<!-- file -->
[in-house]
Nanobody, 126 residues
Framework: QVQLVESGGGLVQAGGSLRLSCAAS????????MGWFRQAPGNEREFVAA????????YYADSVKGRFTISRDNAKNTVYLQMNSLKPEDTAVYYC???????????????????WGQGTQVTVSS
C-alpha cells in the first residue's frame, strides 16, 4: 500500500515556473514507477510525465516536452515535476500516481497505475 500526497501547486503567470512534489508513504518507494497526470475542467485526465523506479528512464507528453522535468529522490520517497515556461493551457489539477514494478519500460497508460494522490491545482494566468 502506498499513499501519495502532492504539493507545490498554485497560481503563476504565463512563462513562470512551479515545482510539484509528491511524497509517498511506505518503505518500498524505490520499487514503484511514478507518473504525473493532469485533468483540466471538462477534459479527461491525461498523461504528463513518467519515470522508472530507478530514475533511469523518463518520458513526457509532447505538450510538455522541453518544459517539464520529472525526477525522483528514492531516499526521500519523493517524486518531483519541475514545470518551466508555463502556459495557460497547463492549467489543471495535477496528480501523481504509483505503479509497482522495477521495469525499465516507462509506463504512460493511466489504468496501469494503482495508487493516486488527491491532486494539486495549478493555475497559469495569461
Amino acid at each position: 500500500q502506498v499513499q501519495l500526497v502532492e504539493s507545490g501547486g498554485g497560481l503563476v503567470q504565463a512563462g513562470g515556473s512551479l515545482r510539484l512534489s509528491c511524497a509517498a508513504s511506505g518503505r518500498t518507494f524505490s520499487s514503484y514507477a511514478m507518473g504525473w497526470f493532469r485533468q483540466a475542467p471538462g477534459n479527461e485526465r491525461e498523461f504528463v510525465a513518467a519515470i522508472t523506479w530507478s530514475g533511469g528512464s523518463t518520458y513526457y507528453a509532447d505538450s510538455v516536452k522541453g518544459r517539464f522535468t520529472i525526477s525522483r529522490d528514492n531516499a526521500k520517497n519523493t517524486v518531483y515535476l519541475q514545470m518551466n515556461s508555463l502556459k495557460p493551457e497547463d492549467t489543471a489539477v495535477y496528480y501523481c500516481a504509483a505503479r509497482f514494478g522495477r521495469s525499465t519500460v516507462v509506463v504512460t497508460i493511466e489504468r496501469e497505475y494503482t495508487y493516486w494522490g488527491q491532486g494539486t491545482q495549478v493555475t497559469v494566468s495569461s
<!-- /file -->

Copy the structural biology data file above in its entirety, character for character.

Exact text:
[in-house]
Nanobody, 126 residues
Framework: QVQLVESGGGLVQAGGSLRLSCAAS????????MGWFRQAPGNEREFVAA????????YYADSVKGRFTISRDNAKNTVYLQMNSLKPEDTAVYYC???????????????????WGQGTQVTVSS
C-alpha cells in the first residue's frame, strides 16, 4: 500500500515556473514507477510525465516536452515535476500516481497505475 500526497501547486503567470512534489508513504518507494497526470475542467485526465523506479528512464507528453522535468529522490520517497515556461493551457489539477514494478519500460497508460494522490491545482494566468 502506498499513499501519495502532492504539493507545490498554485497560481503563476504565463512563462513562470512551479515545482510539484509528491511524497509517498511506505518503505518500498524505490520499487514503484511514478507518473504525473493532469485533468483540466471538462477534459479527461491525461498523461504528463513518467519515470522508472530507478530514475533511469523518463518520458513526457509532447505538450510538455522541453518544459517539464520529472525526477525522483528514492531516499526521500519523493517524486518531483519541475514545470518551466508555463502556459495557460497547463492549467489543471495535477496528480501523481504509483505503479509497482522495477521495469525499465516507462509506463504512460493511466489504468496501469494503482495508487493516486488527491491532486494539486495549478493555475497559469495569461
Amino acid at each position: 500500500q502506498v499513499q501519495l500526497v502532492e504539493s507545490g501547486g498554485g497560481l503563476v503567470q504565463a512563462g513562470g515556473s512551479l515545482r510539484l512534489s509528491c511524497a509517498a508513504s511506505g518503505r518500498t518507494f524505490s520499487s514503484y514507477a511514478m507518473g504525473w497526470f493532469r485533468q483540466a475542467p471538462g477534459n479527461e485526465r491525461e498523461f504528463v510525465a513518467a519515470i522508472t523506479w530507478s530514475g533511469g528512464s523518463t518520458y513526457y507528453a509532447d505538450s510538455v516536452k522541453g518544459r517539464f522535468t520529472i525526477s525522483r529522490d528514492n531516499a526521500k520517497n519523493t517524486v518531483y515535476l519541475q514545470m518551466n515556461s508555463l502556459k495557460p493551457e497547463d492549467t489543471a489539477v495535477y496528480y501523481c500516481a504509483a505503479r509497482f514494478g522495477r521495469s525499465t519500460v516507462v509506463v504512460t497508460i493511466e489504468r496501469e497505475y494503482t495508487y493516486w494522490g488527491q491532486g494539486t491545482q495549478v493555475t497559469v494566468s495569461s